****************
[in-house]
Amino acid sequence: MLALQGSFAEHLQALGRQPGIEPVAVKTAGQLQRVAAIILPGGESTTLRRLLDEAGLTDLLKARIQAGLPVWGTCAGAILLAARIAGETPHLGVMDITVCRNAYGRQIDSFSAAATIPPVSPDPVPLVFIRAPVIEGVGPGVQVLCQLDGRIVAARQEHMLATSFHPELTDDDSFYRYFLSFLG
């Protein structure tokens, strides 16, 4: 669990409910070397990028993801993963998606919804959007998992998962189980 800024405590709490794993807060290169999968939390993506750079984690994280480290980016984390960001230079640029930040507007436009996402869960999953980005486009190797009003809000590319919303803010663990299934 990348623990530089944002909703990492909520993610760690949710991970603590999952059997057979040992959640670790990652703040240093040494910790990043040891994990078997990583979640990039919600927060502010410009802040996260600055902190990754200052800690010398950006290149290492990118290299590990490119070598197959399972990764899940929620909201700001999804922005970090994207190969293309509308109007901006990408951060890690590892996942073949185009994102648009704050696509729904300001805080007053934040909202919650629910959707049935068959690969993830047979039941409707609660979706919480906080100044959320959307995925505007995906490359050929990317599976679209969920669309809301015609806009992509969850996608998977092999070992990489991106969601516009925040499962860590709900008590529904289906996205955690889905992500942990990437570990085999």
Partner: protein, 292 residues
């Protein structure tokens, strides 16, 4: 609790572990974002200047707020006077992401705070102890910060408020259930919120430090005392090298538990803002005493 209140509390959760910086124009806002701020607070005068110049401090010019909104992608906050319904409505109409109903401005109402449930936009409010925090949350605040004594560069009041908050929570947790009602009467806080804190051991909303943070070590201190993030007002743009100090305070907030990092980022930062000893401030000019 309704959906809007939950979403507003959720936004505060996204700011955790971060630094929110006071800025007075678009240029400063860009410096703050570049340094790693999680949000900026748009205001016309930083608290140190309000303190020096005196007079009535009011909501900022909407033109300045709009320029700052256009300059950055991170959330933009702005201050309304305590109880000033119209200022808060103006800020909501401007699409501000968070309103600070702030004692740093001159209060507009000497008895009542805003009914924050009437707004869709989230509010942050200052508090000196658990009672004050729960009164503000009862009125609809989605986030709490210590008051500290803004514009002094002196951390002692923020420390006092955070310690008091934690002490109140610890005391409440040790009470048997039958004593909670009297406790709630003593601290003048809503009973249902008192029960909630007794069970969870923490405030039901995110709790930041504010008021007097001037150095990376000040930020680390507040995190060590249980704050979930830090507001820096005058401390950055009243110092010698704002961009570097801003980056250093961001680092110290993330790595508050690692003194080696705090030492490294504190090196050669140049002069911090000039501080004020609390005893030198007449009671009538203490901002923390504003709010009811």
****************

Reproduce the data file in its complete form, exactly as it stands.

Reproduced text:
[in-house]
Amino acid sequence: MLALQGSFAEHLQALGRQPGIEPVAVKTAGQLQRVAAIILPGGESTTLRRLLDEAGLTDLLKARIQAGLPVWGTCAGAILLAARIAGETPHLGVMDITVCRNAYGRQIDSFSAAATIPPVSPDPVPLVFIRAPVIEGVGPGVQVLCQLDGRIVAARQEHMLATSFHPELTDDDSFYRYFLSFLG
């Protein structure tokens, strides 16, 4: 669990409910070397990028993801993963998606919804959007998992998962189980 800024405590709490794993807060290169999968939390993506750079984690994280480290980016984390960001230079640029930040507007436009996402869960999953980005486009190797009003809000590319919303803010663990299934 990348623990530089944002909703990492909520993610760690949710991970603590999952059997057979040992959640670790990652703040240093040494910790990043040891994990078997990583979640990039919600927060502010410009802040996260600055902190990754200052800690010398950006290149290492990118290299590990490119070598197959399972990764899940929620909201700001999804922005970090994207190969293309509308109007901006990408951060890690590892996942073949185009994102648009704050696509729904300001805080007053934040909202919650629910959707049935068959690969993830047979039941409707609660979706919480906080100044959320959307995925505007995906490359050929990317599976679209969920669309809301015609806009992509969850996608998977092999070992990489991106969601516009925040499962860590709900008590529904289906996205955690889905992500942990990437570990085999």
Partner: protein, 292 residues
């Protein structure tokens, strides 16, 4: 609790572990974002200047707020006077992401705070102890910060408020259930919120430090005392090298538990803002005493 209140509390959760910086124009806002701020607070005068110049401090010019909104992608906050319904409505109409109903401005109402449930936009409010925090949350605040004594560069009041908050929570947790009602009467806080804190051991909303943070070590201190993030007002743009100090305070907030990092980022930062000893401030000019 309704959906809007939950979403507003959720936004505060996204700011955790971060630094929110006071800025007075678009240029400063860009410096703050570049340094790693999680949000900026748009205001016309930083608290140190309000303190020096005196007079009535009011909501900022909407033109300045709009320029700052256009300059950055991170959330933009702005201050309304305590109880000033119209200022808060103006800020909501401007699409501000968070309103600070702030004692740093001159209060507009000497008895009542805003009914924050009437707004869709989230509010942050200052508090000196658990009672004050729960009164503000009862009125609809989605986030709490210590008051500290803004514009002094002196951390002692923020420390006092955070310690008091934690002490109140610890005391409440040790009470048997039958004593909670009297406790709630003593601290003048809503009973249902008192029960909630007794069970969870923490405030039901995110709790930041504010008021007097001037150095990376000040930020680390507040995190060590249980704050979930830090507001820096005058401390950055009243110092010698704002961009570097801003980056250093961001680092110290993330790595508050690692003194080696705090030492490294504190090196050669140049002069911090000039501080004020609390005893030198007449009671009538203490901002923390504003709010009811």